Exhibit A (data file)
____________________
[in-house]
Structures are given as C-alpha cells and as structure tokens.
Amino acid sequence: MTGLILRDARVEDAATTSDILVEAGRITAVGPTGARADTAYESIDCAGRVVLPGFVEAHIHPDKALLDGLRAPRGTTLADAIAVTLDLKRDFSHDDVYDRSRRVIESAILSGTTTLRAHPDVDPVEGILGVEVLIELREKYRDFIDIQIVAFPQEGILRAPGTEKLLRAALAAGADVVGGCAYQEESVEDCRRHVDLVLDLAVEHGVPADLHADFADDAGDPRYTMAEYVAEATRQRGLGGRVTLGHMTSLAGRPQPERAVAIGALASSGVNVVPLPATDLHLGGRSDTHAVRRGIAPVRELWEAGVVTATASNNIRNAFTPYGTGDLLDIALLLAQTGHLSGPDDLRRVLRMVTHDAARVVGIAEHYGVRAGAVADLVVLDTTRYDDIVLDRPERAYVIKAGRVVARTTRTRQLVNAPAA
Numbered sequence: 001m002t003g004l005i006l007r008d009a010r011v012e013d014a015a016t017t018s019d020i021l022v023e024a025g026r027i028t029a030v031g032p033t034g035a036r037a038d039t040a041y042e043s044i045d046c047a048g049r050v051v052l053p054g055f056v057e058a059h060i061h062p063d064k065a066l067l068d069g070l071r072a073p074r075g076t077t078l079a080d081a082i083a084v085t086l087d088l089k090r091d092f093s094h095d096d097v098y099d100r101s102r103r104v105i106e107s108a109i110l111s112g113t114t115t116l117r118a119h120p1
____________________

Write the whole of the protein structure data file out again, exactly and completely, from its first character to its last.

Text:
[in-house]
Structures are given as C-alpha cells and as structure tokens.
Amino acid sequence: MTGLILRDARVEDAATTSDILVEAGRITAVGPTGARADTAYESIDCAGRVVLPGFVEAHIHPDKALLDGLRAPRGTTLADAIAVTLDLKRDFSHDDVYDRSRRVIESAILSGTTTLRAHPDVDPVEGILGVEVLIELREKYRDFIDIQIVAFPQEGILRAPGTEKLLRAALAAGADVVGGCAYQEESVEDCRRHVDLVLDLAVEHGVPADLHADFADDAGDPRYTMAEYVAEATRQRGLGGRVTLGHMTSLAGRPQPERAVAIGALASSGVNVVPLPATDLHLGGRSDTHAVRRGIAPVRELWEAGVVTATASNNIRNAFTPYGTGDLLDIALLLAQTGHLSGPDDLRRVLRMVTHDAARVVGIAEHYGVRAGAVADLVVLDTTRYDDIVLDRPERAYVIKAGRVVARTTRTRQLVNAPAA
Numbered sequence: 001m002t003g004l005i006l007r008d009a010r011v012e013d014a015a016t017t018s019d020i021l022v023e024a025g026r027i028t029a030v031g032p033t034g035a036r037a038d039t040a041y042e043s044i045d046c047a048g049r050v051v052l053p054g055f056v057e058a059h060i061h062p063d064k065a066l067l068d069g070l071r072a073p074r075g076t077t078l079a080d081a082i083a084v085t086l087d088l089k090r091d092f093s094h095d096d097v098y099d100r101s102r103r104v105i106e107s108a109i110l111s112g113t114t115t116l117r118a119h120p1